Sunday, November 26, 2006

The First & Last Chance Saloon

Inside the First & Last Chance Saloon n 1915.  Frank Budde is standing
behind the bar at right.  Standing outside the bar are Wallace Cameron on
the left, and Burt Hurd on the right.  The Saloon became Short's Cafe and
Tavern in 1932, when beer became legal under Franklin Roosevelt...
Although my Grandma Fitzpatrick may have frowned on it, I think my Grandpa Fitzpatrick would have chuckled on what I'm about to share. It's my hypothesis on why one of St. Vincent's MANY saloons was called The First & Last Chance Saloon. As you know from previous posts, St. Vincent was considered by many of the more upstanding citizens of the area as a regular den of iniquity. Personally, I'm rather proud of coming from a town with a reputation...!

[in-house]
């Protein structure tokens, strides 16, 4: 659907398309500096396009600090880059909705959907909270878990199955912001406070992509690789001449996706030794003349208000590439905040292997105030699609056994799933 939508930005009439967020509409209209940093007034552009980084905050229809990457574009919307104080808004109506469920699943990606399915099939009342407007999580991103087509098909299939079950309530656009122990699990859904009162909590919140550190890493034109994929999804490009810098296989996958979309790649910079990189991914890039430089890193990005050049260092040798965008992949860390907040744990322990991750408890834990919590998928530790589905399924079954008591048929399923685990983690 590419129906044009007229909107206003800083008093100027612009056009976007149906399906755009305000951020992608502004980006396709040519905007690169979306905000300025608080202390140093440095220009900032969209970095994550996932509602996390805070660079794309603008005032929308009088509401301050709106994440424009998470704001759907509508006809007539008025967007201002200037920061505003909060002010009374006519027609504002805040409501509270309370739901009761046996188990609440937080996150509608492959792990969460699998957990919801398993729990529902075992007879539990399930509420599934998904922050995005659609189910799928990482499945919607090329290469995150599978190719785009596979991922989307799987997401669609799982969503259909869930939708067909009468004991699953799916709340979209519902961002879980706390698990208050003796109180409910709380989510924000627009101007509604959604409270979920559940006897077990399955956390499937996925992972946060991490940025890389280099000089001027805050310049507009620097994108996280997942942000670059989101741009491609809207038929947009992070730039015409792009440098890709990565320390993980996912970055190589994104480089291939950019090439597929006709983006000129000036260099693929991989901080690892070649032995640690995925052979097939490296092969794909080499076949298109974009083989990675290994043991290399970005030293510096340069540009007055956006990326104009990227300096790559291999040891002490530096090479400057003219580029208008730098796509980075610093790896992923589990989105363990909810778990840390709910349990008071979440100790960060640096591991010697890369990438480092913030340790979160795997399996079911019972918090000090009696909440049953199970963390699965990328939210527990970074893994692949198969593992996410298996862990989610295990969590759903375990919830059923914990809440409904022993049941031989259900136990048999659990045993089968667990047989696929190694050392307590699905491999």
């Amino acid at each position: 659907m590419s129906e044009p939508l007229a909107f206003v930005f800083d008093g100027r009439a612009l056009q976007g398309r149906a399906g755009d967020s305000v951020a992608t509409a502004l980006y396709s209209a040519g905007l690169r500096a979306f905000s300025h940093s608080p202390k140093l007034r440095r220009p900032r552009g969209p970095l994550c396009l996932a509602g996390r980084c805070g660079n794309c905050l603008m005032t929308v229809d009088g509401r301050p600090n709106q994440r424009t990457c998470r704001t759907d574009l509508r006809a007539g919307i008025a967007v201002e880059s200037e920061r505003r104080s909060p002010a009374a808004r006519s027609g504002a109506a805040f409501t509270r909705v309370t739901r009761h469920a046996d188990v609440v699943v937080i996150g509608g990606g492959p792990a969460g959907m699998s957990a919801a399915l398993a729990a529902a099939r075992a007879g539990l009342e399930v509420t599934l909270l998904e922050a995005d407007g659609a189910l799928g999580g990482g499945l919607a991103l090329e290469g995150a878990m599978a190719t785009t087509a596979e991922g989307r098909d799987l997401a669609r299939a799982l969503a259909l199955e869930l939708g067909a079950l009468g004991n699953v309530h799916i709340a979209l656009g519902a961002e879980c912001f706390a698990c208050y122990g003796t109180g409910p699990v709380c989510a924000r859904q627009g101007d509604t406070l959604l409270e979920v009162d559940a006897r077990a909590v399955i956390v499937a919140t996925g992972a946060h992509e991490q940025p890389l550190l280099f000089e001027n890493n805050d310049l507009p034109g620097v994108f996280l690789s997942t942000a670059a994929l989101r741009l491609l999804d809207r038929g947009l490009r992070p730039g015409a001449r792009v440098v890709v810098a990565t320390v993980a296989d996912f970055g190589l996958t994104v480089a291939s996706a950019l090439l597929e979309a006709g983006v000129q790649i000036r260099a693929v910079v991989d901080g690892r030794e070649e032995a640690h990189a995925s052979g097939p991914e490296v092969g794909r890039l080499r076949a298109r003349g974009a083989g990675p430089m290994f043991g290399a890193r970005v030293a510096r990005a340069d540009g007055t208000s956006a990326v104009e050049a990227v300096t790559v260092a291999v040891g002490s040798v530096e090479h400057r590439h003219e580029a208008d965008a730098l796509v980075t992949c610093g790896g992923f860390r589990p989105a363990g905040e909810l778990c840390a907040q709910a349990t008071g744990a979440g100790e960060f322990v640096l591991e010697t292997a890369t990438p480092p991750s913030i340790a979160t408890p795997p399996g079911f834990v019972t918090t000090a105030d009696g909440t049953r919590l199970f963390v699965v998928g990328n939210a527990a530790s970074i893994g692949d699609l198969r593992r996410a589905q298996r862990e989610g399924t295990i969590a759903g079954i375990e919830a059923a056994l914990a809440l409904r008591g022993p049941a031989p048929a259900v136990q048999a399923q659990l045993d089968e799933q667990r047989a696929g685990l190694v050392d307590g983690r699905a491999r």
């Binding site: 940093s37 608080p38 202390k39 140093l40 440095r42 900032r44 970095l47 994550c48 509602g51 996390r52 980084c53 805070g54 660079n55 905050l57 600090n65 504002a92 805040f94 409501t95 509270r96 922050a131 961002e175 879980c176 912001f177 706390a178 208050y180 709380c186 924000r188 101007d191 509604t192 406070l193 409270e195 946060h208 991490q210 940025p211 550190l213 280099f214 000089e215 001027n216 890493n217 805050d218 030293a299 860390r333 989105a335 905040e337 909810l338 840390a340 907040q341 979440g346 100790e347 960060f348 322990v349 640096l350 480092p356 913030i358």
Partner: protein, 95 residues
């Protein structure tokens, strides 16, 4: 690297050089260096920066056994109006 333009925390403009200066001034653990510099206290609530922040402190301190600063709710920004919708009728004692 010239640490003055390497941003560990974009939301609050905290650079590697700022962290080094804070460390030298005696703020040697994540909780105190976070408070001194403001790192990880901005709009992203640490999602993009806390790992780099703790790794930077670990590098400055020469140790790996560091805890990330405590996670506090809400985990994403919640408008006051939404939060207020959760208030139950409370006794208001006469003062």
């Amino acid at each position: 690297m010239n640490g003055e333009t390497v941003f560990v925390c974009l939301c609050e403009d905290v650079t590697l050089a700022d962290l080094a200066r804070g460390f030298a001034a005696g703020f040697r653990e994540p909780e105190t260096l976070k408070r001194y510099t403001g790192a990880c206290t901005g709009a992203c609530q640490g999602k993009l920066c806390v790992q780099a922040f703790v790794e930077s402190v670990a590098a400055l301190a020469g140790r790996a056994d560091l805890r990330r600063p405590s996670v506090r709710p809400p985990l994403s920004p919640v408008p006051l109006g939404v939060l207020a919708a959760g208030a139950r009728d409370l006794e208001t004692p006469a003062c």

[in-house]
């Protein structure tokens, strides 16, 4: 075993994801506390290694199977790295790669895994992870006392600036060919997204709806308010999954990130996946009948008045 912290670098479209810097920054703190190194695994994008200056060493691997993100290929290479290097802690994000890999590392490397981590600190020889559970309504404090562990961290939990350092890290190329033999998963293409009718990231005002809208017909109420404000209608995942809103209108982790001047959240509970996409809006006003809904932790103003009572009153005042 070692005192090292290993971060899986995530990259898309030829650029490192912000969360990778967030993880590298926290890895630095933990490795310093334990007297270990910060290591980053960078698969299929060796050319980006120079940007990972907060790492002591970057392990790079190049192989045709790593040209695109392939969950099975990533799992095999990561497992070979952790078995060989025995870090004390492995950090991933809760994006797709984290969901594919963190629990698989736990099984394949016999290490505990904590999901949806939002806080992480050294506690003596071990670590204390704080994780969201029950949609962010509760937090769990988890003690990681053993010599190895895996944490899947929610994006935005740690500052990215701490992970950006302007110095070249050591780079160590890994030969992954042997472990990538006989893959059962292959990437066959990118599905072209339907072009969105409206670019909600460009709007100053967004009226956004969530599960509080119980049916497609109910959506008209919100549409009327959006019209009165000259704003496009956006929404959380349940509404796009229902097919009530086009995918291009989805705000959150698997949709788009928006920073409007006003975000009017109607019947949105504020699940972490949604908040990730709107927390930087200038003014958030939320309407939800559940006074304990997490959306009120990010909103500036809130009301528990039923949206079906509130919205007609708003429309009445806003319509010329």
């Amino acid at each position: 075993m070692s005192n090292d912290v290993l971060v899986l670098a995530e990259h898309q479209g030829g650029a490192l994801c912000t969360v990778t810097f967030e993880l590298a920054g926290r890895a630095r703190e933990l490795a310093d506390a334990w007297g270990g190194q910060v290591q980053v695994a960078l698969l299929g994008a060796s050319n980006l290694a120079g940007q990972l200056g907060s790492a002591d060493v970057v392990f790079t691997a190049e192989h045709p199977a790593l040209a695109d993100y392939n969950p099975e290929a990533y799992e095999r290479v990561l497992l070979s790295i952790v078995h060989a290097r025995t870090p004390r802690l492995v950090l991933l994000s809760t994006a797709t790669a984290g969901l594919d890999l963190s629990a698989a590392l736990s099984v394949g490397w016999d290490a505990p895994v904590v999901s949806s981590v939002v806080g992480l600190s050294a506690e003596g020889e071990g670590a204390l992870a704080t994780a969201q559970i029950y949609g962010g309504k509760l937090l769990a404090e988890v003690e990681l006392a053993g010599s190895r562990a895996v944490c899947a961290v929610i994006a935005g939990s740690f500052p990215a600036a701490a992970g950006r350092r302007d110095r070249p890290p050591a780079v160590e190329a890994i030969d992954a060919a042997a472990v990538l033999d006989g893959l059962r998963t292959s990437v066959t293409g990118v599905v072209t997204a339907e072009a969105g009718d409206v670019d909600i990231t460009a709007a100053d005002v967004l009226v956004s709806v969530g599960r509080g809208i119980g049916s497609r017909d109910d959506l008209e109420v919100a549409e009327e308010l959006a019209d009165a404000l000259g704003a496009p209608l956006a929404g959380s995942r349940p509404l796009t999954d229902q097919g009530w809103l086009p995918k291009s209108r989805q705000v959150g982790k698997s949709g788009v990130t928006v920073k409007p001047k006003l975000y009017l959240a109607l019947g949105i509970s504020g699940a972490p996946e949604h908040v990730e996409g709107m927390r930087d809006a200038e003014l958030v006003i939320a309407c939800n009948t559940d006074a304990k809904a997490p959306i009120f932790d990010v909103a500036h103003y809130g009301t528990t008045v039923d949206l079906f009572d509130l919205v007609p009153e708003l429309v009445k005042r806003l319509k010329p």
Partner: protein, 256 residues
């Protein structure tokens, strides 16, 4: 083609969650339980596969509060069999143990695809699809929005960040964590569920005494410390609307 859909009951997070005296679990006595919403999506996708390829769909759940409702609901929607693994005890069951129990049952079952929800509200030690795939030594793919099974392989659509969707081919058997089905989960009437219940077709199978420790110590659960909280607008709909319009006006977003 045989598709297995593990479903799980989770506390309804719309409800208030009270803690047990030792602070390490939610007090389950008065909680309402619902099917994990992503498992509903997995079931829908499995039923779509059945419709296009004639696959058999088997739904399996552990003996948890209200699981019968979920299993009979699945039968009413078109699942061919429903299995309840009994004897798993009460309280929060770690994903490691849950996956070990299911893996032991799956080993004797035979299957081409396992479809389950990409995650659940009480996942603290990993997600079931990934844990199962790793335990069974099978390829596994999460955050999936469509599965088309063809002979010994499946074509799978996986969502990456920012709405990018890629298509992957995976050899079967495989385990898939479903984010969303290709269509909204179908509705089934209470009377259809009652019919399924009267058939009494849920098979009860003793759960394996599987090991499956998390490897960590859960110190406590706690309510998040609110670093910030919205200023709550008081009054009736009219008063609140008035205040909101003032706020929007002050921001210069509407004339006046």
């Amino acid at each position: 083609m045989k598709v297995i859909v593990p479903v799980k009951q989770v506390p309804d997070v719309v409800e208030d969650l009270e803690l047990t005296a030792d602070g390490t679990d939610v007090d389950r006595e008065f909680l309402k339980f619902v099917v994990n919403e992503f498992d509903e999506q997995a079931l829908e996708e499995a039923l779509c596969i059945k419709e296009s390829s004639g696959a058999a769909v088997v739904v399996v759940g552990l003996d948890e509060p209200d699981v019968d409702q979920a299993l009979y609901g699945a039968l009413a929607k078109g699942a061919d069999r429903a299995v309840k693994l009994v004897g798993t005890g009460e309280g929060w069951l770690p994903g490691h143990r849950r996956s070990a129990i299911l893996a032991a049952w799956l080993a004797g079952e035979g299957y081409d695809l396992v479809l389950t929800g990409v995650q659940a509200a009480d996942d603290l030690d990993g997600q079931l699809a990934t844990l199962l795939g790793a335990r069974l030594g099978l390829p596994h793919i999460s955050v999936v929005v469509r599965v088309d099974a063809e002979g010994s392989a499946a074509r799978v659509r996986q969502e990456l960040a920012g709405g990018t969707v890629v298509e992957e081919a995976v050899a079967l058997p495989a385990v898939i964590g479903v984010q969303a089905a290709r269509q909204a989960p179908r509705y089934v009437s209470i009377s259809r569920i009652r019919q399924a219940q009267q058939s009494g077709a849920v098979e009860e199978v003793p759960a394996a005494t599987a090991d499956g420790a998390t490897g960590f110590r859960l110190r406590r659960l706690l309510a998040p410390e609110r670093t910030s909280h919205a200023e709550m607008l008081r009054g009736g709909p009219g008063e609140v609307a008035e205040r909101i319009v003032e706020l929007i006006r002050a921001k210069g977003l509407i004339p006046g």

Like another saloon by that name, this one had a good reason to come by that title. St. Vincent was bordered by a Canadian province and another state which were dry. Availing yourself of a refreshment at The First & Last Chance Saloon was literally a traveler's first or last chance - depending on whether they were coming or going!

Take note in the photograph - taken of the interior of the actual saloon we are discussing - the rich woodwork of the bar, the typical ornate tin ceiling panels, the ads of lovely Gibson-Girl-like figures decorating the well as the spittoons on the floor.